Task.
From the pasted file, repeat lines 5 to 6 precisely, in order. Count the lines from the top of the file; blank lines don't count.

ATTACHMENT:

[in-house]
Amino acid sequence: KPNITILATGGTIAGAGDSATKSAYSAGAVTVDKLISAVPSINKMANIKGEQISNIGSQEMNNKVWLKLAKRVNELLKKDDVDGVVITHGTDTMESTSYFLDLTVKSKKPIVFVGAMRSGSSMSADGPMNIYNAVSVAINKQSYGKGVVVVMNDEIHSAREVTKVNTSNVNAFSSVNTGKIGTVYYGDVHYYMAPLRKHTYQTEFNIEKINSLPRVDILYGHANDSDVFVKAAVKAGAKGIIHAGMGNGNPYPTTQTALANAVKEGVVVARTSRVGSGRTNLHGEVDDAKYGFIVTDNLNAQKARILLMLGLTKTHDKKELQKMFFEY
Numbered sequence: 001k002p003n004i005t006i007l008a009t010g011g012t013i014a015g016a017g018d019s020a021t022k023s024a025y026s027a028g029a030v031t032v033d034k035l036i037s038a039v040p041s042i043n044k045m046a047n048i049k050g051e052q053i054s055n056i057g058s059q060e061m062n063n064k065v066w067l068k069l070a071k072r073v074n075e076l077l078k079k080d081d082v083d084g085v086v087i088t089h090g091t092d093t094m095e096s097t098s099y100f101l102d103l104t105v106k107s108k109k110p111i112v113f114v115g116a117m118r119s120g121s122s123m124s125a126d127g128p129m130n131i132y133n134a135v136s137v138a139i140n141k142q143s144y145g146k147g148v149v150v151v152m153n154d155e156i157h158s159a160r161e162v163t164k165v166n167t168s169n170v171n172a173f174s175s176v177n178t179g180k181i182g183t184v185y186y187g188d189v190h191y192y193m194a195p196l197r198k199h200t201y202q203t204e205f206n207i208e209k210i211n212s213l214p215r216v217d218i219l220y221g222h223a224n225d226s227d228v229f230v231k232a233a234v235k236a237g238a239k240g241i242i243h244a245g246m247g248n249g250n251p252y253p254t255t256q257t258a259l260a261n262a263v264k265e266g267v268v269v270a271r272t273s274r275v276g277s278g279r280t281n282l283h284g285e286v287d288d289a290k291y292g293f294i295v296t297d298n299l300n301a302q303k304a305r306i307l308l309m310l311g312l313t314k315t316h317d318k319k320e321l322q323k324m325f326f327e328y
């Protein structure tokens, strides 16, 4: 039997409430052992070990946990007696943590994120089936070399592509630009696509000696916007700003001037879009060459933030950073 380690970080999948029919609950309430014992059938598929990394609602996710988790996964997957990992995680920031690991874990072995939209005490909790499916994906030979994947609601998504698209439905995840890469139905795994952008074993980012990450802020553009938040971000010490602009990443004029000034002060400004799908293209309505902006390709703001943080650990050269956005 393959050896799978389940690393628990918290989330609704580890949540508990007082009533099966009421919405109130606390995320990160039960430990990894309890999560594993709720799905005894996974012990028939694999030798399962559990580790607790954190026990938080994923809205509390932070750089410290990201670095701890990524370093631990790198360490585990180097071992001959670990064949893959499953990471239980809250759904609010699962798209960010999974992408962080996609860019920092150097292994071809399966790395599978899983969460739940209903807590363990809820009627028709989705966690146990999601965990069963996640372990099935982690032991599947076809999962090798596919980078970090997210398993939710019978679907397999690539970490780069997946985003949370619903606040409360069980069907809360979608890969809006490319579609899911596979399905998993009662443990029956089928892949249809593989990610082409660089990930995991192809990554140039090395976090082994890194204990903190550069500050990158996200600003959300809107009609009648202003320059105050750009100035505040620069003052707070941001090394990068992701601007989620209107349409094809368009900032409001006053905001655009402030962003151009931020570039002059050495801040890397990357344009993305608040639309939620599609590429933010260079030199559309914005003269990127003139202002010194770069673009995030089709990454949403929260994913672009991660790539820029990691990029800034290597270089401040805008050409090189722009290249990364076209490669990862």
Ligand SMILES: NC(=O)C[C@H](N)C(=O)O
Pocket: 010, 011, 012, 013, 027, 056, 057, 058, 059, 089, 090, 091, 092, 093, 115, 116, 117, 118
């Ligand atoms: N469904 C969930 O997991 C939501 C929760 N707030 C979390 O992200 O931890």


Ligand SMILES: NC(=O)C[C@H](N)C(=O)O
Pocket: 010, 011, 012, 013, 027, 056, 057, 058, 059, 089, 090, 091, 092, 093, 115, 116, 117, 118